Be aware in your flying that giving up a known (a line up to a runway, with a navigational aid to help) for an unknown (a modified S-turn that causes you to lose your alignment to the runway) can have a very different ending than expected. The one word that we as pilots hate to use is the word “unable” when talking to ATC. Yet it is okay to do so. Maybe if this pilot had said he was unable to safely make the S-turn, ATC could have figured a different way to keep the two airplanes safely separated.
March 2016: An instructor and student were flying in a single-engine airplane to the David Wayne Hooks Airport, in the Houston, Texas, area. It was near dusk. Recent heavy rains had closed one runway, and lights were inoperative at the field due to the rains.
The instructor and student were advised by the tower of the runway in use, and reminded of the closed runway. No mention was made in the narrative of whether the inoperative lights were discussed, although it most likely was in the Notams for that airport. (You do review the Notams anytime you fly, even at your home airport, right? I thought so.) The instructor and student lined up for and landed on a taxiway between the two parallel runways.
Any time you fly, even when everything is normal—the weather is great, all runways are open, all lights are operative, etc.—things can go wrong. But when anything is abnormal—closed runways, no lighting—that’s when your “what could possibly go wrong” radar should be turned up full blast. Things can go wrong quickly, so be aware and stay extra cautious.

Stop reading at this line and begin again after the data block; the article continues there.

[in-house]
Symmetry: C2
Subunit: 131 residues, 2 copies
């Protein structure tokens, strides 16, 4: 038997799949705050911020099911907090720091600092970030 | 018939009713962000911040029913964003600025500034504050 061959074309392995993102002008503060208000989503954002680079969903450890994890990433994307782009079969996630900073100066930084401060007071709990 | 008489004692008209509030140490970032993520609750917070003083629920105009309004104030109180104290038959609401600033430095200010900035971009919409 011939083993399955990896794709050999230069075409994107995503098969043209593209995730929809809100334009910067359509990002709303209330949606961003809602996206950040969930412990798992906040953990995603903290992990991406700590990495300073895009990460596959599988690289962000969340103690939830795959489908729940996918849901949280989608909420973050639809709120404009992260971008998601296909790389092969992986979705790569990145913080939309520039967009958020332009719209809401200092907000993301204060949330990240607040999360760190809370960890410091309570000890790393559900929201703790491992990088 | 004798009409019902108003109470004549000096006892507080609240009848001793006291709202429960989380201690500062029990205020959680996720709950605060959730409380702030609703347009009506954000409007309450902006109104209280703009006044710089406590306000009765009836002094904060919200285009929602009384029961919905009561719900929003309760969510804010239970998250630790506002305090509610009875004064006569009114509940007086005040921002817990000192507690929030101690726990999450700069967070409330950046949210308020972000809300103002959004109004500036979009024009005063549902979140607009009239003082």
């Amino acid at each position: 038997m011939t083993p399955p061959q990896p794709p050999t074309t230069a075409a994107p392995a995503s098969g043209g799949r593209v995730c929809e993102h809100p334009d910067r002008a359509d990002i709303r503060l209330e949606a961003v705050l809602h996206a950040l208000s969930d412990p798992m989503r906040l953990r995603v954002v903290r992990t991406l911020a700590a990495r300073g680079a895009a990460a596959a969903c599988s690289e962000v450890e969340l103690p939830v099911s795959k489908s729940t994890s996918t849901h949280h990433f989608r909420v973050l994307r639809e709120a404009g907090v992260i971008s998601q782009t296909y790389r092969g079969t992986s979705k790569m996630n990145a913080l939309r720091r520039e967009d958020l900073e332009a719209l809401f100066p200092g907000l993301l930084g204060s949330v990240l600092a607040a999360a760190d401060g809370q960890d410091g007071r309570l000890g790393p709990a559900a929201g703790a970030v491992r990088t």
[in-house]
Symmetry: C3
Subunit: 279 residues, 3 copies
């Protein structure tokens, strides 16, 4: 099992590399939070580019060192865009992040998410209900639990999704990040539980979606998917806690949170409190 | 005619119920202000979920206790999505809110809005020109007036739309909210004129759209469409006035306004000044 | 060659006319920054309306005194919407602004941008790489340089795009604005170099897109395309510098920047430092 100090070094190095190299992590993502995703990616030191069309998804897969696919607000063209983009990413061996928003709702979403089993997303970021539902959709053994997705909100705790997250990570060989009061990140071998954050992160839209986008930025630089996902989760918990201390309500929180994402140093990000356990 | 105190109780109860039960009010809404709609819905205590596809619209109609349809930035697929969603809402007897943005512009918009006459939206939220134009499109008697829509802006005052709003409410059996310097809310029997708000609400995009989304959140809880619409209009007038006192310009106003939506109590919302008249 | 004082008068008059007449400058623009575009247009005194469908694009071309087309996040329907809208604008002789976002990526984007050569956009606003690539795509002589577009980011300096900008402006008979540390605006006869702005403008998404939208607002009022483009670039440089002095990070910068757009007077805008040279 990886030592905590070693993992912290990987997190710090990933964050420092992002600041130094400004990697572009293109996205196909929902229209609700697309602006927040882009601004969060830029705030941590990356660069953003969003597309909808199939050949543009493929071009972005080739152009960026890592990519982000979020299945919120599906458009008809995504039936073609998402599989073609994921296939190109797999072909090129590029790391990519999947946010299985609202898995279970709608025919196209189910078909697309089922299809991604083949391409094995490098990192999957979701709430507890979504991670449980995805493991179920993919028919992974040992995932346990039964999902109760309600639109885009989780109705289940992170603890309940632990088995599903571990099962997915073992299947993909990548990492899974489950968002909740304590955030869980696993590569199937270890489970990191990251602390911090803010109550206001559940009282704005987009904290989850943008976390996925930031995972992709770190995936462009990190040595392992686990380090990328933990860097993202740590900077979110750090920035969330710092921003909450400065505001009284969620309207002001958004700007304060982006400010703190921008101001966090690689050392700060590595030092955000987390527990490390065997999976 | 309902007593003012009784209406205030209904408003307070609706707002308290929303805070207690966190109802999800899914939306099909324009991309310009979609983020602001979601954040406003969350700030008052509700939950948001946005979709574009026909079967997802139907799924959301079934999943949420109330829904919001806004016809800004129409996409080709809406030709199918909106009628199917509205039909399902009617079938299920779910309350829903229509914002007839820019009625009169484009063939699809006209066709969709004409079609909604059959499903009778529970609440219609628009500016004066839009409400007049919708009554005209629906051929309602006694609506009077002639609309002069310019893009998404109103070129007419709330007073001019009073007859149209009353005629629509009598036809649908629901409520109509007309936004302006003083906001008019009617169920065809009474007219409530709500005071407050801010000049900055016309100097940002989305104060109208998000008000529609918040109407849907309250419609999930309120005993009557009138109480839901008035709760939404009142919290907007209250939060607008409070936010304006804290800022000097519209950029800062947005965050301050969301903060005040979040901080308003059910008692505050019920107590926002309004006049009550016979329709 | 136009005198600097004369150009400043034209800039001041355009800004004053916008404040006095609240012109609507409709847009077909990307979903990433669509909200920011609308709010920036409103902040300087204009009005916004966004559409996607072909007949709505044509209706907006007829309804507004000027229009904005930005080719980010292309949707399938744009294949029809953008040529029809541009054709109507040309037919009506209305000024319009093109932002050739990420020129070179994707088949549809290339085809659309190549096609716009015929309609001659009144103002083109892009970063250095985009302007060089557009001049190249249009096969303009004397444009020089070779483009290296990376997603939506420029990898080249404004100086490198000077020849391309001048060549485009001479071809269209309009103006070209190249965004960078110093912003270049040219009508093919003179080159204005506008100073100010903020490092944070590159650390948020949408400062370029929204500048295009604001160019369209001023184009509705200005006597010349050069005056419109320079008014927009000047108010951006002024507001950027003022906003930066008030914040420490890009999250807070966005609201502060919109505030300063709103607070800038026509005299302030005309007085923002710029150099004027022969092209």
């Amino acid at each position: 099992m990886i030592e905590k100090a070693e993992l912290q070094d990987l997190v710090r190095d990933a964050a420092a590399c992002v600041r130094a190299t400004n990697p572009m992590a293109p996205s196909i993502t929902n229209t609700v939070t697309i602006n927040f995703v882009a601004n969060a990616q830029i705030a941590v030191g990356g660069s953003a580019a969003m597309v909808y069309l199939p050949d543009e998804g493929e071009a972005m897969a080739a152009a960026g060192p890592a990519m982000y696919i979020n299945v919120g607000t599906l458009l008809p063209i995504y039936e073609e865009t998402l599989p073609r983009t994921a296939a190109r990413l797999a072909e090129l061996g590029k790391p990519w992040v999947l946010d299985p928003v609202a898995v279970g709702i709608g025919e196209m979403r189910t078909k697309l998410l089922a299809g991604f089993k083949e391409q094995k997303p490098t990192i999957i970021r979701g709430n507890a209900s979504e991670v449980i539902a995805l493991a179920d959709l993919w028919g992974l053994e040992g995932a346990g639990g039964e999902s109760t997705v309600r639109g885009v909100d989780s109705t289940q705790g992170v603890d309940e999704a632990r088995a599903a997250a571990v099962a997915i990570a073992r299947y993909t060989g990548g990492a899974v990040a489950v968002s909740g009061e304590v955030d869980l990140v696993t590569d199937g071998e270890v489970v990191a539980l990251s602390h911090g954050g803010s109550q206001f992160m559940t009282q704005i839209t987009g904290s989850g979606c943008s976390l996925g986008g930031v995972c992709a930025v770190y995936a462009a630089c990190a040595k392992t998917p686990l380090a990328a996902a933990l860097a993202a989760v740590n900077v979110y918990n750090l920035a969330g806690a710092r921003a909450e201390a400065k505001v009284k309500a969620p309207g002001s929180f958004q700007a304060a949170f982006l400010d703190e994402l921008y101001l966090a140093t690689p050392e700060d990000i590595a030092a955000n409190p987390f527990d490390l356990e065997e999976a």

At Your Own Risk
October 2012: A Piper PA-28 was flying into Montgomery Field, near San Diego, Calif., VFR at night. The pilot contacted SoCal Approach due to his inability to acquire the airport visually. He apparently was disoriented, and had turned north, away from the airport. The aircraft was vectored back toward the airport and handed off to the tower. The pilot was told that he was landing “at your own risk” on Runway 28L. Runway 28R was closed for repairs, yet it was the only runway at the time with operable runway edge lights. Runway 28L had no edge lights, only REILs (runway end identifier lights), which were on at the time. The pilot lined up and landed on a parallel taxiway.
What kind of landing clearance is “at your own risk?” Have you ever been told that by a controller? If you do hear that phrase, wake up! Those little hairs on the back of your neck should be raised, as that nice controller is giving you a warning (as well as covering himself/herself should things not go well). It is vitally important to understand that when those words are used, it is not a landing clearance.